My Favorite Shows of 2016


Quintron and Miss Pussycat at the RecordBar, 10/9/16

2016 was a great year for live music in Kansas City. It was such a great honor to cover so many quality shows this year. Here is a rundown of my favorite gigs of the year.

Quintron and Miss Pussycat at RecordBar

The garage rock insanity and sweaty mayhem of New Orleans-based Quintron and Miss Pussycat at RecordBar was my favorite show of 2016. Backed by the drumming of the robotic Drum Buddy, the strangely funky grooves and interplay between organist Quintron and percussionist/puppeteer Miss Pussycat had the crowd dancing hard all night. Some songs sounded like if you played “96 Tears” underwater while drinking a bunch of NyQuil. It was weird, wonderful and complete perfection.

Femi Kuti and the Positive Force at CrossroadsKC at Grinders


Femi Kuti and the Positive Force at CrossroadsKC at Grinders, 7/9/16

The eldest son of afrobeat legend Fela Kuti honored his father’s legacy while pushing the sound into the future at CrossroadsKC. Backed by a 14-piece band, mufti-instrumentalist Femi smashed through two hours of politically charged songs with infectious grooves. The musicianship was topnotch and the messages of empowerment and unity are needed now more than ever.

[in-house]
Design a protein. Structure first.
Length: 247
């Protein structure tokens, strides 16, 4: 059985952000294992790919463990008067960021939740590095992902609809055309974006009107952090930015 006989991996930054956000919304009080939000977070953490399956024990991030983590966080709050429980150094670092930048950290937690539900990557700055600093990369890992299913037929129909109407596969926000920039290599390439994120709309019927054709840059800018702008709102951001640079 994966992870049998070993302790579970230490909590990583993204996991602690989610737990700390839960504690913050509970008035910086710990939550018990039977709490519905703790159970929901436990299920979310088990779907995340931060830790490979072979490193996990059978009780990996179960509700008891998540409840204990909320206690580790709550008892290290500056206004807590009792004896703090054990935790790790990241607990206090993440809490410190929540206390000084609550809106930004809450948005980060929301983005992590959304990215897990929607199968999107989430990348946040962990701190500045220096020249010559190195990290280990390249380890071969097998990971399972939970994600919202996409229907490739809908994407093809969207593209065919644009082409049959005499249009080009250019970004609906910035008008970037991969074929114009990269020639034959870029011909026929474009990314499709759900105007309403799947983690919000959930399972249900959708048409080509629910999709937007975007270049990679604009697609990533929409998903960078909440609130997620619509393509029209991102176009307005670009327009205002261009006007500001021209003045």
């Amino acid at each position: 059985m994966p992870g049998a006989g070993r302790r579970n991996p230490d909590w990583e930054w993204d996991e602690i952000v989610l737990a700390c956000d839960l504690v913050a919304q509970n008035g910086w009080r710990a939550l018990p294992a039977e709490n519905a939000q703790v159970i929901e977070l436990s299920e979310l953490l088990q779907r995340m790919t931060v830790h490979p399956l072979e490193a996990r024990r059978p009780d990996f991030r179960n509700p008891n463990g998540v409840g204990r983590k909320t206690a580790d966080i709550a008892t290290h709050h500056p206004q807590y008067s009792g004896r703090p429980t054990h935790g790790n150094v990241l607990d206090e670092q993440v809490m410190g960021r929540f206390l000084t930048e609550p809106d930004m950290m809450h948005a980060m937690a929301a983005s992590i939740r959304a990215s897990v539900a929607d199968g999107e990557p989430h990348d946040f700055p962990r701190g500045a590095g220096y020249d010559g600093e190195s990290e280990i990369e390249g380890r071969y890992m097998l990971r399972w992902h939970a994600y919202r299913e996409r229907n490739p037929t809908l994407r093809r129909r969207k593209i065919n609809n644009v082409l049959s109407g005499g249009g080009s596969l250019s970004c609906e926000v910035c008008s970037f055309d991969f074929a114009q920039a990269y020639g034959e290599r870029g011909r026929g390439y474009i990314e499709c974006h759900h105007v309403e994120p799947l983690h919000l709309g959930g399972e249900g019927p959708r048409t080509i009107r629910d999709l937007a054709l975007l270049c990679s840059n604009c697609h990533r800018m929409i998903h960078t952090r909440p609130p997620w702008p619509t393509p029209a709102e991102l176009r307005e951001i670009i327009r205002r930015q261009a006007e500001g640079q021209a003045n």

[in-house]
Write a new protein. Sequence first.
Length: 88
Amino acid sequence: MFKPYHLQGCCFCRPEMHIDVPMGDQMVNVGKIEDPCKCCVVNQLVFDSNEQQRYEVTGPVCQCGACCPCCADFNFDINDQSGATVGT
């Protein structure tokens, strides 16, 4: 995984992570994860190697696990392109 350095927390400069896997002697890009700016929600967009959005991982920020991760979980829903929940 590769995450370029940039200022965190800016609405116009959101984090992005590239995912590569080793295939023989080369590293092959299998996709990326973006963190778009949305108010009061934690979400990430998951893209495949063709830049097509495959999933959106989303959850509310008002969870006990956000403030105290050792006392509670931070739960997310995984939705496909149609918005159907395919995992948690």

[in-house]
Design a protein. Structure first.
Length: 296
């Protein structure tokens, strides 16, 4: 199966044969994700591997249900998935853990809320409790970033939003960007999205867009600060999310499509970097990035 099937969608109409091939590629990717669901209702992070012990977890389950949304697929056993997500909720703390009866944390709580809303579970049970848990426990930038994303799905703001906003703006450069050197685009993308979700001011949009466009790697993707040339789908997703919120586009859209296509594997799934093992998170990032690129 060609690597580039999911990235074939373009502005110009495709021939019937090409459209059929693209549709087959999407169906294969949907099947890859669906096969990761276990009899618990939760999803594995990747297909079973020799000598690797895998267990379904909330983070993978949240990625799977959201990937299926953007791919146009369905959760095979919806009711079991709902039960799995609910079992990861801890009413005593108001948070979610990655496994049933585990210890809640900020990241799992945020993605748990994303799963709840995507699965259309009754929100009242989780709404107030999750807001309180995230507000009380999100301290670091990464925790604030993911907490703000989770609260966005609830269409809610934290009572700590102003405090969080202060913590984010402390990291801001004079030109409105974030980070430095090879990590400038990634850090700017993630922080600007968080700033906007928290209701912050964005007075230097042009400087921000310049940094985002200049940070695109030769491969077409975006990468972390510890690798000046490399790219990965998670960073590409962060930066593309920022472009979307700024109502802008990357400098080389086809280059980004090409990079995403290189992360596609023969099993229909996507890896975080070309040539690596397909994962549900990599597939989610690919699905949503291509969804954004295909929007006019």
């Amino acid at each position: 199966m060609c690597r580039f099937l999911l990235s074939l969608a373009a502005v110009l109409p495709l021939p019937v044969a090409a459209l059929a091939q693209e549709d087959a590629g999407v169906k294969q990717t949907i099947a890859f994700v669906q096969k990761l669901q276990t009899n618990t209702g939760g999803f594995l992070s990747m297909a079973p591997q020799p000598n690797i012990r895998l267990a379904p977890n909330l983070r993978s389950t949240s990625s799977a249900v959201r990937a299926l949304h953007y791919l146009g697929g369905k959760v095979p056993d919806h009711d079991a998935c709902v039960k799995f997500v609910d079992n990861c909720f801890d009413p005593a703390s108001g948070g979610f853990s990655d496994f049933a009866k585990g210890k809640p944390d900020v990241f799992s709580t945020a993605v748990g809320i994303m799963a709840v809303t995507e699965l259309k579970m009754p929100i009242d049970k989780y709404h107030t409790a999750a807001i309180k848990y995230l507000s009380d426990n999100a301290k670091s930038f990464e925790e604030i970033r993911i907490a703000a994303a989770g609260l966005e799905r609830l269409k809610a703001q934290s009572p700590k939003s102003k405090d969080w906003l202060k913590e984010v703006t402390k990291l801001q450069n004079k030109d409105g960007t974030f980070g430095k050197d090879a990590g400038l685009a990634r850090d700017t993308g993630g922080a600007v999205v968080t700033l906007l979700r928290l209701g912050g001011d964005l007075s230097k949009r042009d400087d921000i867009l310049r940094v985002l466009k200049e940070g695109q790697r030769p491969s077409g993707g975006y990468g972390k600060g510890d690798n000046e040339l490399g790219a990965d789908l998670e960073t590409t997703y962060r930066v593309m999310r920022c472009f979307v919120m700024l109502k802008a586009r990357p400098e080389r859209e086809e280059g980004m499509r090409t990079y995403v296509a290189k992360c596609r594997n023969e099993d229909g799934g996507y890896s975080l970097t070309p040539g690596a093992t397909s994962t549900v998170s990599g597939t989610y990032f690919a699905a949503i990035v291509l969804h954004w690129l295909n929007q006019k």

M83 at the Arvest Bank Theatre at the MidlandArvest Bank Theatre at the Midland


M83 at the Midland, 6/1/16

M83 delivered a high-energy set of indie-pop at te Arvest Bank Theatre at the Midland. The new material of Junk worked really well live meshed seamlessly with their classic tracks. The production and lighting was also top level. It was a glorious evening of French-tinged indie rock.

Here’s a snippet of the classic “Midnight City,”

Yellowman at Prohibition Hall


Yellowman and McClain at Prohibition Hall, 7/22/16

Reggae-dancehall legend Yellowman smashed KC with an epic performance this year. He came at 1:30 in the morning and he smashed through nearly two hours of classic tunes. King Yellowman was Jamaica’s top-selling artist of the ’80s, but his live show proves that he is no nostalgia act. Something isn’t purely nostalgic when it is right in front of you, blowing your mind. Yellowman’s set was hard-hitting blur of blazing reggae vibes, lyrical dexterity and calisthenics. All hail King Yellowman!

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